Last week we blogged (here) about the results from this year’s Heads up for Hen Harriers project, a so-called ‘partnership-working’ initiative aimed at better understanding the threats faced by hen harriers in Scotland.
We were pretty scathing about this project. Everyone knows, thanks to years, in fact decades, of scientific evidence, that the main threat comes from illegal persecution on driven grouse moors so let’s not pretend this is still a big mystery needing to be solved. But we want to re-visit the project again just to drive home some salient points.
Have another look at the press release put out by SNH (here). We learned that this year the number of ‘participating’ estates had risen from five to 13.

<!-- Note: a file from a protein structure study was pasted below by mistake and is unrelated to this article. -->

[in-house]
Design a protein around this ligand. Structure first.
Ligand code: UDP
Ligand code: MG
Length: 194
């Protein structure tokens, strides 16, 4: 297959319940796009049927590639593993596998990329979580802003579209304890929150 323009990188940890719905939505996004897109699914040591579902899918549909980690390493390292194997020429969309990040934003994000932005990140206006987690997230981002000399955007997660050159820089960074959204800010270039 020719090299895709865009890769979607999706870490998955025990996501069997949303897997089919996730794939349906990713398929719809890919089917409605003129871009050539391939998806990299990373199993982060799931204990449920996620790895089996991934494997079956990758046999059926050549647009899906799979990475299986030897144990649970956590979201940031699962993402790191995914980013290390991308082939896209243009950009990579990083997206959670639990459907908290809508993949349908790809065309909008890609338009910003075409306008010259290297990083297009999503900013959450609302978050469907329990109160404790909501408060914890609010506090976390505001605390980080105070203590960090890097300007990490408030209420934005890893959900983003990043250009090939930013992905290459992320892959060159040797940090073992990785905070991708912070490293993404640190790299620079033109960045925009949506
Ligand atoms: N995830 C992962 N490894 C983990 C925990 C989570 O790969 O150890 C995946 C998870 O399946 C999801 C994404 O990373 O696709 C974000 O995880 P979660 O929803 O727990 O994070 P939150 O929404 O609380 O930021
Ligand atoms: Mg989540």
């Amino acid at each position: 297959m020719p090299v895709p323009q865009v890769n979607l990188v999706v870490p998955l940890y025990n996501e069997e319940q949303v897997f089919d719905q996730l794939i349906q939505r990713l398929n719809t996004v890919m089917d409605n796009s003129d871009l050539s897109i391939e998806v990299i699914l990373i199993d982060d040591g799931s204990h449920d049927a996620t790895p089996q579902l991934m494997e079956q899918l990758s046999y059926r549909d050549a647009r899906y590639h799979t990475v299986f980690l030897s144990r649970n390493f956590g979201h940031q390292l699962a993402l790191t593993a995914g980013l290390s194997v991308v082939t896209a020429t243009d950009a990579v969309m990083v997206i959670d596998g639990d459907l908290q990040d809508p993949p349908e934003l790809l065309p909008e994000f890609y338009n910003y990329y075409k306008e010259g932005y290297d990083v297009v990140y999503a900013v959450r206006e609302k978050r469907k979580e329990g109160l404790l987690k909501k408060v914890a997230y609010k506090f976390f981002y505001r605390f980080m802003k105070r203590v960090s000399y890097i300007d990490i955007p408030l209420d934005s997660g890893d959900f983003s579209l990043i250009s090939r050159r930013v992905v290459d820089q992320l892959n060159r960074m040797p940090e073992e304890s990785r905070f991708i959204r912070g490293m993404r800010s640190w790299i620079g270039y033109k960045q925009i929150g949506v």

Now, according to the SNH press release, “The thirteen estates participating in the project have cameras installed on their land to monitor hen harrier nests“.
This same claim was made in a press release from the Scottish Countryside Alliance (here). They said:
“Thirteen participating estates, many of them managed for grouse shooting, installed cameras to capture what exactly was happening on and around hen harrier nests to improve our understanding of why nests fail“.
So, from these two claims, you could be forgiven for thinking that all 13 ‘participating’ estates had hen harrier breeding attempts this year, and that each of the 13 estates had nest cameras installed. That’s what these propagandists would like you to believe, but it isn’t actually what happened.
The term ‘participating’ needs some clarification. Yes, 13 estates had agreed to ‘participate’ in the project – that just means that 13 estates (8 of which were managed as driven grouse moors) had agreed to host a project nest camera should there be a hen harrier breeding attempt on that estate this year.